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Eight border wall prototypes stand in front of the existing wall on the U.S.-Mexico border in Otay Mesa, Calif., Oct. 30, 2017.

JOSH HANER/The New York Times

U.S. President Donald Trump is threatening to use the renegotiation of NAFTA to squeeze Mexico to pay for his promised border wall – an explosive issue that could prove a deal-breaker.

"The Wall will be paid for, directly or indirectly, or through longer-term reimbursement, by Mexico, which has a ridiculous $71 billion dollar trade surplus with the U.S.," Mr. Trump wrote on Twitter Thursday morning, mere days before the next round of talks begin in Montreal. "The $20 billion dollar Wall is 'peanuts' compared to what Mexico makes from the U.S. NAFTA is a bad joke!"

According to the United States' own calculations, Mexico's trade surplus was actually $55.6-billion (U.S.) in 2016, the latest year for which numbers are available.

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Mr. Trump's outburst appeared to be an upbraiding of his own Chief of Staff, John Kelly, who the previous day soft-pedalled Mr. Trump's long-held promise to force Mexico to pay. "In one way or another, it's possible that we could get the revenue from Mexico but not directly from their government," Mr. Kelly told Fox News.

Mr. Kelly also said the President had tempered his expectations for the wall and now realized it was not physically possible to build the structure across the entire border. Mr. Trump shot back on Twitter: "The Wall is the Wall, it has never changed or evolved from the first day I conceived of it."

Mexico swiftly reiterated its long-standing refusal to pay and insisted the matter be kept out of NAFTA talks.

"Our Minister of Foreign Affairs has been very clear and consistent regarding this issue: that Mexico will not pay for a wall," Mexican Finance Minister Jose Antonio Gonzalez Anaya said in Toronto after meeting with his Canadian counterpart, Bill Morneau, and executives from Canada's mining and banking sectors. "It's not a negotiating stance for Mexico. It's an issue of national sovereignty."

Mr. Gonzalez said he had not been told if the United States has raised the issue at the negotiating table.

Agreeing to Mr. Trump's demand would be political suicide in Mexico, where the governing Institutional Revolutionary Party is fighting an uphill battle to hold on to power, with elections scheduled for July. Mr. Trump, who regularly portrayed Mexicans as criminals during his presidential campaign, is deeply reviled there.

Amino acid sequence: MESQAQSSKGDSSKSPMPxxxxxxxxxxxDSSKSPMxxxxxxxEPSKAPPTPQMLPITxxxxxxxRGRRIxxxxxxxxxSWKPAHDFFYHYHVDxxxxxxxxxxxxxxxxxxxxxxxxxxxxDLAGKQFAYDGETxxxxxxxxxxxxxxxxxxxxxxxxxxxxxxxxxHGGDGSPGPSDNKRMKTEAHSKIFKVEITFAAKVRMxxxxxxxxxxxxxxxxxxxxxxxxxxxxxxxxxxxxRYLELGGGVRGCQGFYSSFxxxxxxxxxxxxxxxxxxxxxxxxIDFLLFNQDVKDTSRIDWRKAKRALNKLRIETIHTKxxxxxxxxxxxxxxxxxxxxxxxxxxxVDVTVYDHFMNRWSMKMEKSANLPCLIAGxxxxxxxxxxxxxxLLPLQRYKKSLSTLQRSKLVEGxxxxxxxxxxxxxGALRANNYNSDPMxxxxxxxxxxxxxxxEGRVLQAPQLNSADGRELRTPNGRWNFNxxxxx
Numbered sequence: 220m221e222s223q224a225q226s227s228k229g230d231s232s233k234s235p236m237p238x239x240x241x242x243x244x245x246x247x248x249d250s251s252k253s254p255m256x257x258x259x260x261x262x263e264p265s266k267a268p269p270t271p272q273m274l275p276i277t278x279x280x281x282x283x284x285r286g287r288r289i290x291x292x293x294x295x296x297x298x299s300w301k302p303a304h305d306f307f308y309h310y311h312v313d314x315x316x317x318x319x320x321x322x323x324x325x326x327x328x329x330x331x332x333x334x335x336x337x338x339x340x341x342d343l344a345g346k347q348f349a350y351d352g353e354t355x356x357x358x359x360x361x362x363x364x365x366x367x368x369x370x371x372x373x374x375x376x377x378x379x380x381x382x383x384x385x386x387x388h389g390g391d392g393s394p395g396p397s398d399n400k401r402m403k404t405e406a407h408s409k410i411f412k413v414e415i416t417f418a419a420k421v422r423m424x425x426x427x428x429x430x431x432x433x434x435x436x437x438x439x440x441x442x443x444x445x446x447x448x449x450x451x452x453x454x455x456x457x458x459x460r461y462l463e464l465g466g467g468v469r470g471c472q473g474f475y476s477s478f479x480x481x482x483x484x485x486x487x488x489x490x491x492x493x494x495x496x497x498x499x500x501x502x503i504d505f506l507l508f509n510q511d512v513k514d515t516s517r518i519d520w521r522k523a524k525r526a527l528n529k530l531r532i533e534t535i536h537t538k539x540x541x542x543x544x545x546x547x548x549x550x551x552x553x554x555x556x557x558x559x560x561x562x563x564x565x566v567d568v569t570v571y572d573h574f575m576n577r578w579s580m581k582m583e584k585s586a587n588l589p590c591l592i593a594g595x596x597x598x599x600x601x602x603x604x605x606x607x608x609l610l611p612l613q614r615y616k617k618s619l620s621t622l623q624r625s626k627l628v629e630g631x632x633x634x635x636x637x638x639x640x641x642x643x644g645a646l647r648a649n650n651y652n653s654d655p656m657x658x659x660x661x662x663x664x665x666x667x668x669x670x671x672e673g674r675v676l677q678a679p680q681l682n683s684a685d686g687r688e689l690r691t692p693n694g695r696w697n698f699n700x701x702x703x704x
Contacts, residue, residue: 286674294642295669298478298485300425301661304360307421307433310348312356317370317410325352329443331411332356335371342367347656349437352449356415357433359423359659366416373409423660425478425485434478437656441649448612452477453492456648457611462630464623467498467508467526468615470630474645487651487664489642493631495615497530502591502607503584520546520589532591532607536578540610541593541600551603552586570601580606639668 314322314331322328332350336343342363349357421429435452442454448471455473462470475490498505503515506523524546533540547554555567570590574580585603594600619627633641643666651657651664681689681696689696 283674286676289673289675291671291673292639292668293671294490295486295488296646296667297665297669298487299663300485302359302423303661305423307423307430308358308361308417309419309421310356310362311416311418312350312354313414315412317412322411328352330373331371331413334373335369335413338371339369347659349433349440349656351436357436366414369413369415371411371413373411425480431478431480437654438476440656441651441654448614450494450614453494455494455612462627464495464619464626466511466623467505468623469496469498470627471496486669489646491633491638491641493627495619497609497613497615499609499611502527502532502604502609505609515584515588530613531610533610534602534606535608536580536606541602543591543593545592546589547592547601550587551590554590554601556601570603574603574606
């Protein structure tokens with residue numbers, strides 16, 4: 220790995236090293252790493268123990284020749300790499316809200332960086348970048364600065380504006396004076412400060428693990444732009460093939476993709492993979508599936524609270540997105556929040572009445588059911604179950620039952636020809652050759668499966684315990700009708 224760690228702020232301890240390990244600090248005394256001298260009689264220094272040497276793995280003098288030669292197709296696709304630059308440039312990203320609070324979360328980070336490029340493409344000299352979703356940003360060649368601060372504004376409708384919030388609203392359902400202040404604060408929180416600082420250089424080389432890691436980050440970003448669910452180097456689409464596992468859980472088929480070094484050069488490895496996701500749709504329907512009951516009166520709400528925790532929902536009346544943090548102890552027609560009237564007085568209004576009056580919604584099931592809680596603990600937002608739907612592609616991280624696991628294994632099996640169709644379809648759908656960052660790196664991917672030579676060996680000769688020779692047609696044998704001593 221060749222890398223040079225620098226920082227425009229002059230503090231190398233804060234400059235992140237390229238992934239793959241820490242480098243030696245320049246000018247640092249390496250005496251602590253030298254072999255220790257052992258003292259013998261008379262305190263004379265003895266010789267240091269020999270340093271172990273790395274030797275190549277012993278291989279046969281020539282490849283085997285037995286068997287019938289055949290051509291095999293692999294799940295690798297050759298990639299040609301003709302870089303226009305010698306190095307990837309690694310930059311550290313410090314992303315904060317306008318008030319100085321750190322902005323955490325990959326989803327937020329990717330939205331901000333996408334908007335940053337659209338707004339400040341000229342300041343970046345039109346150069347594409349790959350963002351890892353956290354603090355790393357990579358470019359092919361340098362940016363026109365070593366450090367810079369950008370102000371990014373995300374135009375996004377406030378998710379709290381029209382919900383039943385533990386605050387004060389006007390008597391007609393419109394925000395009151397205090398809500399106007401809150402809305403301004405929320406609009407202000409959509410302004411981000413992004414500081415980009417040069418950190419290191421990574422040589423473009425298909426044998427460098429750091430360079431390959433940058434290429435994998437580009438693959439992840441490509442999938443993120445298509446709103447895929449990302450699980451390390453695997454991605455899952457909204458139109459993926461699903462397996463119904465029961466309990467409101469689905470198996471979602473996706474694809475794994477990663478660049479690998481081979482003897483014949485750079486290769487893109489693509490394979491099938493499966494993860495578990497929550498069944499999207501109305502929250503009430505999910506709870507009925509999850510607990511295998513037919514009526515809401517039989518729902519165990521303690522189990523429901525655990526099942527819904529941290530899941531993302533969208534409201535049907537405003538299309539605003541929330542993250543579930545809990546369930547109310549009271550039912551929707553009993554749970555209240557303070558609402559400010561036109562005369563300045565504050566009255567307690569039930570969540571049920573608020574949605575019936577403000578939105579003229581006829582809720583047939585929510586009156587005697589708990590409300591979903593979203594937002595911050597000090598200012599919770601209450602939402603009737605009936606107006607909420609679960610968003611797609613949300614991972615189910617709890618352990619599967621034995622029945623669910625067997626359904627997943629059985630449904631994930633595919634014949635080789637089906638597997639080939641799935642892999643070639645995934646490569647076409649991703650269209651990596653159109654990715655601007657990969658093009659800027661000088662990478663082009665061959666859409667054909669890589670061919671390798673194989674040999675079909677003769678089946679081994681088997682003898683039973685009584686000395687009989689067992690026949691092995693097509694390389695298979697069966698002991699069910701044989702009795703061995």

But whether his Twitter bluster will actually translate into a U.S. negotiating position is unclear. One source with knowledge of the talks said he was unaware of U.S. negotiators ever raising the wall issue at the bargaining table. A spokeswoman for U.S. trade czar Robert Lighthizer did not respond to a request for comment.

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Robert Holleyman, a former high-ranking trade official in the Obama administration, said Mr. Trump's Thursday pronouncements looked more like rhetorical spin than a negotiating demand. He said Mr. Trump seems to be arguing that a reduction in the U.S. trade deficit with Mexico could count as "payment" for the wall by Mexico, allowing him to fulfill his campaign pledge.

"I don't think this is about paying for the wall directly," Mr. Holleyman said. "His attitude is that eliminating that deficit will mean the wall will be paid for."

Mr. Trump's view that the trade deficit – the gap between how much the country imports and exports – shows the U.S. is "losing" at trade is not shared by most experts. And Mr. Holleyman said that if Mr. Trump were to succeed in erasing the deficit by erecting barriers to Mexican goods entering the U.S. market, it would certainly not help the U.S. economy or result in more funds to build the wall. Rather, it would simply raise prices.

"It will be U.S. consumers and taxpayers paying for it. Mexico may have economic losses and fallouts, but they won't be sending that money to the U.S."

United States, Mexico and Canada are renegotiating NAFTA at the behest of Mr. Trump, who claims the other two countries have used the deal to "take advantage" of the United States.

Washington is already at loggerheads with Mexico City and Ottawa over a series of protectionist U.S. demands at the bargaining table, including that all cars and trucks made in Canada and Mexico contain at least 50-per-cent U.S. content. Canada and Mexico are planning to present compromise ideas in Montreal in hopes of breaking the deadlock.

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Tying the border wall to the talks would create yet another impasse – and make it even harder for Mexico to agree to a deal.

Mr. Trump has offered mixed signals on NAFTA in recent days. In an interview with the Wall Street Journal last week, he said talks had "made a lot of headway." The President even suggested he would scrap the U.S.-imposed deadline of March to get a deal so talks could extend beyond the Mexican presidential election in July.

On Wednesday, however, he suggested that he still believed it would be a good idea to trigger the process of pulling out of NAFTA to crank up the pressure on the other two countries. He acknowledged the intense pressure he was under from the U.S. business community not to do this.

"We're renegotiating NAFTA now. We'll see what happens. I may terminate NAFTA," Mr. Trump said in an interview with Reuters. "A lot of people are going to be unhappy if I terminate NAFTA. A lot of people don't realize how good it would be to terminate NAFTA because the way you're going to make the best deal is to terminate NAFTA. But people would like to see me not do that."

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